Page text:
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Do the dangers behind a massive Texas fertilizer plant explosion lurk in Washington?

In this Instagram photo provided by Andy Bartee, a plume of smoke rises from a fertilizer plant fire in West, Texas on Wednesday, April 17, 2013. An explosion at a fertilizer plant near Waco Wednesday night injured dozens of people and sent flames shooting high into the night sky, leaving the factory a smoldering ruin and causing major damage to surrounding buildings. (AP Photo/Andy Bartee)

Fifteen people have been killed by an explosion at a fertilizer plant in West, Texas. Emergency crews are still in searching for possible survivors.

According to the state ecology department, Washington has about a dozen fertilizer plants, along with dozens of other dangerous chemical plants, oil refineries, and smelters.

Could what happen in Texas happen here?

West is a little more than an hour south of Dallas and, as of the 2010 census, has a population of 2,674. It is named after T.M. West, the first postmaster of the city.

It’s a small place whose most famous native son is former Mariner Scott Podsednik.

As we all have done when we see a fire burning down a house or a building, we stop to watch. The cell phone age, in which we all now essentially carry around a video camera, has changed how we experience these moments. It takes those of us as far away as Washington, right to the moment something awful happens.

The explosion of a fertilizer plant that rocked the small town of West has already left many dead, hundreds injured and caused a nursing home to collapse, trapping residents inside.

CBS Correspondent Manuel Bojorquez reports he spoke to an elderly couple whose home was destroyed. They told him the blast sounded like two planes colliding.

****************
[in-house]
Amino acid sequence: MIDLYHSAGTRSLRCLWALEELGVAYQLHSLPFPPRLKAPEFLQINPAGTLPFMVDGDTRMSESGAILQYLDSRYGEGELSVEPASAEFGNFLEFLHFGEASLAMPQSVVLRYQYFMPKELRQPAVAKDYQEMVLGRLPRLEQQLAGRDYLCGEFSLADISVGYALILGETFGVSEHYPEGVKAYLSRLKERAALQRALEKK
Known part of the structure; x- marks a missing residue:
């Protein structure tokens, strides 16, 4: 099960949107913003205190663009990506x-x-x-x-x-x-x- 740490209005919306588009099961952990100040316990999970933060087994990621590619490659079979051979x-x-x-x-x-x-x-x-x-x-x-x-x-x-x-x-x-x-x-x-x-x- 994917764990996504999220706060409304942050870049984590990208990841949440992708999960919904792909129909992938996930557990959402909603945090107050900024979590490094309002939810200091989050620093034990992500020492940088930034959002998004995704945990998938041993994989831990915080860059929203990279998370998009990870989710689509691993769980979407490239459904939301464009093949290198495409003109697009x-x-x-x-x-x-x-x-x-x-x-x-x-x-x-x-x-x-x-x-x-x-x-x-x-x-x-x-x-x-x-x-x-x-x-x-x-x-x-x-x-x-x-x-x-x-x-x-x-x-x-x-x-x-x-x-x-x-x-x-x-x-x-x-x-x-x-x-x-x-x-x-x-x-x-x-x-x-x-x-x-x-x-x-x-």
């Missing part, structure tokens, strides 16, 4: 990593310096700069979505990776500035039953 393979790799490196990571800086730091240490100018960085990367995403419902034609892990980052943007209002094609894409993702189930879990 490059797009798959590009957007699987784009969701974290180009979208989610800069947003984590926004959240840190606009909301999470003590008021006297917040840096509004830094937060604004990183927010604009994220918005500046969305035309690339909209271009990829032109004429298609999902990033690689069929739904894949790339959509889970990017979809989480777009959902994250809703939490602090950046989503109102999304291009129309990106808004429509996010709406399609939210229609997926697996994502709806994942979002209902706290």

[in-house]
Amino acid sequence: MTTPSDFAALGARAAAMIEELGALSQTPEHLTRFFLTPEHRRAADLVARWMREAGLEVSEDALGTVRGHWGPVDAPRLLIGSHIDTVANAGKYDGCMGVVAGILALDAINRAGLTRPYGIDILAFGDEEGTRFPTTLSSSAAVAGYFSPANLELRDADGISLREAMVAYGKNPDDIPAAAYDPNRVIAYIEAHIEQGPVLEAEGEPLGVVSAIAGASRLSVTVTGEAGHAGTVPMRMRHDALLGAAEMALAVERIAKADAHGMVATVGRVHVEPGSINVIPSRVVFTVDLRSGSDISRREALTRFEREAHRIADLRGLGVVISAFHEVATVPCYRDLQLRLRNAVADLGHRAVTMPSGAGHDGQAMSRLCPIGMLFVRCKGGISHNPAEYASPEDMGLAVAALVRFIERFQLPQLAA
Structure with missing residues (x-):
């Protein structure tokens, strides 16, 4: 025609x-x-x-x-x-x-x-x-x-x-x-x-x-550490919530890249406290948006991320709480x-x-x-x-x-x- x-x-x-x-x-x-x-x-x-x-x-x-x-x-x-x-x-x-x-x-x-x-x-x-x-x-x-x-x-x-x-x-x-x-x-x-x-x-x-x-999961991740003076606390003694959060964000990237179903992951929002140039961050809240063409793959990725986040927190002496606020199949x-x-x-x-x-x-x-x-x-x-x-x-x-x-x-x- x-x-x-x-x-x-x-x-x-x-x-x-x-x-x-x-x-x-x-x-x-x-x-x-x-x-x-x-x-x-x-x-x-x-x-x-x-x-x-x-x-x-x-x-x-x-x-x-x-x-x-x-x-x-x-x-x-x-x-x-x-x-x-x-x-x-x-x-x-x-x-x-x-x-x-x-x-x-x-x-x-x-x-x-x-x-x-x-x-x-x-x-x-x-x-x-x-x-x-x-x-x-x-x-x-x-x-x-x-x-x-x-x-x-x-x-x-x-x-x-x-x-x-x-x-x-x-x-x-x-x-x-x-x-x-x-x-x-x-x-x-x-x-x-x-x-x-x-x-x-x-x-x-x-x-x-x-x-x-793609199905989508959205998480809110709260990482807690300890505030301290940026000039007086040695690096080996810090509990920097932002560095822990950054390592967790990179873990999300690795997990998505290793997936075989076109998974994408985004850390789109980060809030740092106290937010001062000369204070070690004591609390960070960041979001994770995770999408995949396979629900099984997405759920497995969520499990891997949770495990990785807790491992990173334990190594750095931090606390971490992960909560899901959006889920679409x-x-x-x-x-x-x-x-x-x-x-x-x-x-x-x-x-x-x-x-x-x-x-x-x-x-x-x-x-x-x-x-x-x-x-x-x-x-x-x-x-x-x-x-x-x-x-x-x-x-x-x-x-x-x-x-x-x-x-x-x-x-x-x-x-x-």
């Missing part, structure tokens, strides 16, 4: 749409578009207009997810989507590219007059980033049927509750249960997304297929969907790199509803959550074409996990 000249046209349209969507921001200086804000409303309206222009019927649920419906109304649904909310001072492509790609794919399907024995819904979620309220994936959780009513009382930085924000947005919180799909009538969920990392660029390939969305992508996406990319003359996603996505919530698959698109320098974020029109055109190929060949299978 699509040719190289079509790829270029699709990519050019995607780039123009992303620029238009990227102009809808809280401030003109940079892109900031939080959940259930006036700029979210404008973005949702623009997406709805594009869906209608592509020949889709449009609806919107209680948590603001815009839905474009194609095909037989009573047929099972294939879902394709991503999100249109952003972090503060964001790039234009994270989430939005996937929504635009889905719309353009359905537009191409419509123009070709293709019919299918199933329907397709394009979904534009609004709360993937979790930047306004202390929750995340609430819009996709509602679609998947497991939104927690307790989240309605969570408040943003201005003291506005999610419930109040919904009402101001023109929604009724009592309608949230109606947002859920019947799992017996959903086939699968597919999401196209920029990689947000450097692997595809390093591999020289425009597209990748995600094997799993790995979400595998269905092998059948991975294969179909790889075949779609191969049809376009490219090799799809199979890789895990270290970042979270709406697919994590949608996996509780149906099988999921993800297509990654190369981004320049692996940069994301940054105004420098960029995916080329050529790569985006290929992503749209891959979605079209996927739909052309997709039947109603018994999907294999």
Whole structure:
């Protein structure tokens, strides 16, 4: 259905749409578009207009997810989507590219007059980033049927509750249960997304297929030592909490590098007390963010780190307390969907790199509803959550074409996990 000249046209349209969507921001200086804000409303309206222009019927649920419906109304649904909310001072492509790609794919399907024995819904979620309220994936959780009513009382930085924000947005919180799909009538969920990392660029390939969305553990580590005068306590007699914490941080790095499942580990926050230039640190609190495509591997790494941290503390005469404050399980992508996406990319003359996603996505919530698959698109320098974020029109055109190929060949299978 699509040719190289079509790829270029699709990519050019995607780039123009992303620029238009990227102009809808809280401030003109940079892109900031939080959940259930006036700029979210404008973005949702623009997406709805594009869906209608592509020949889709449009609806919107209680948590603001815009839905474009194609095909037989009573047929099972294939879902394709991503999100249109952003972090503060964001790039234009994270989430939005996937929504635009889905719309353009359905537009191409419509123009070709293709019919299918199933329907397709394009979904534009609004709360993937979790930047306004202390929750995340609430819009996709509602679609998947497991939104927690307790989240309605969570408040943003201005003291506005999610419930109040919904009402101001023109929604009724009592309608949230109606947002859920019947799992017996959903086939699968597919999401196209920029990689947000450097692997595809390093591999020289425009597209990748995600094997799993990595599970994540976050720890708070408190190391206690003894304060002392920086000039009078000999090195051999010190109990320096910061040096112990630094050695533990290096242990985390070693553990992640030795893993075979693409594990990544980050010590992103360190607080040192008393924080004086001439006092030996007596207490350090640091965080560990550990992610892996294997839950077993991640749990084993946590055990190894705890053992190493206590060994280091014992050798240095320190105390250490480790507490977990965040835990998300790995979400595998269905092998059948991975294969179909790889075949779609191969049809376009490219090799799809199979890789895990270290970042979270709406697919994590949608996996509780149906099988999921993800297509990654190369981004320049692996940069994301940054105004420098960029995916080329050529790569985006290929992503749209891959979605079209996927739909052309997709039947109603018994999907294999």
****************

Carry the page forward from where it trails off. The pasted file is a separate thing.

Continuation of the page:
The explosion also leveled homes and businesses in the surrounding blocks.

Many are raising questions regarding whether this is a tragic accident, or something different.

After 9/11, the Federal Government realized that more than 4,000 chemical plants were sitting ducks for a terrorist attack – tanks of lethal toxins were stored around many of our biggest cities.

Washington state has six refineries — two in Ferndale, two in Anacortes, one in Tacoma and a biodiesel plant in Grays Harbor County. It also has at least 32 additional chemical plants on this Washington Department of Ecology list.

In 2010, there was an explosion and fire that killed five people at one of the refineries in Anacortes. Three men died at the scene and two women died later at Seattle hospitals.

The initial blast of that explosion woke people miles away and it took about 90 minutes to extinguish the fire that followed. The Tesoro Corporation says the part of the plant that exploded heats volatile fluids that are under pressure – an inherently dangerous part of production.

Just across the water, at the other refinery in Anacortes, six men were killed in an explosion in 1998.

There has also been at least one incident that raised the concerns of the Department of Homeland Security. They issued an advisory to all of Washington’s refineries after several suspicious events: First, someone in a kayak was seen possibly video taping at one of these refineries. The same refinery’s security personnel also reported a “suspicious encounter with a driver” and someone stole a key ring from a refinery truck with keys to the gates of the facility.

Congressman Rick Larson, whose district includes four of the state’s five refineries, told KOMO the Department of Homeland Security had spent about $65 million at the time beefing up security. Two of the refineries spent $2.5 million on added security.

Six years ago, Homeland Security started a program to secure those plants. About $500 million has already been spent, but it turns out 90 percent of the most dangerous plants have not even been inspected.

In early August of 2012, Todd Keil, former assistant secretary at Homeland Security responsible for overseeing the Chemical Facility Anti-Terrorism Standards program, told Armen Keteyian of CBS News he was so concerned about problems with the program that he asked for an internal review.

Last week, the Government Accountability Office reported that as of the end of June, not one of the 4,400 chemical plants in the program had been fully inspected.

Keil said he was forced to resign in February. The Department of Homeland Security wouldn’t comment officially on his resignation.

KIRO Radio reporter Kim Shephard and Seattle’s Morning News Producer Owen Murphy contributed to this report.

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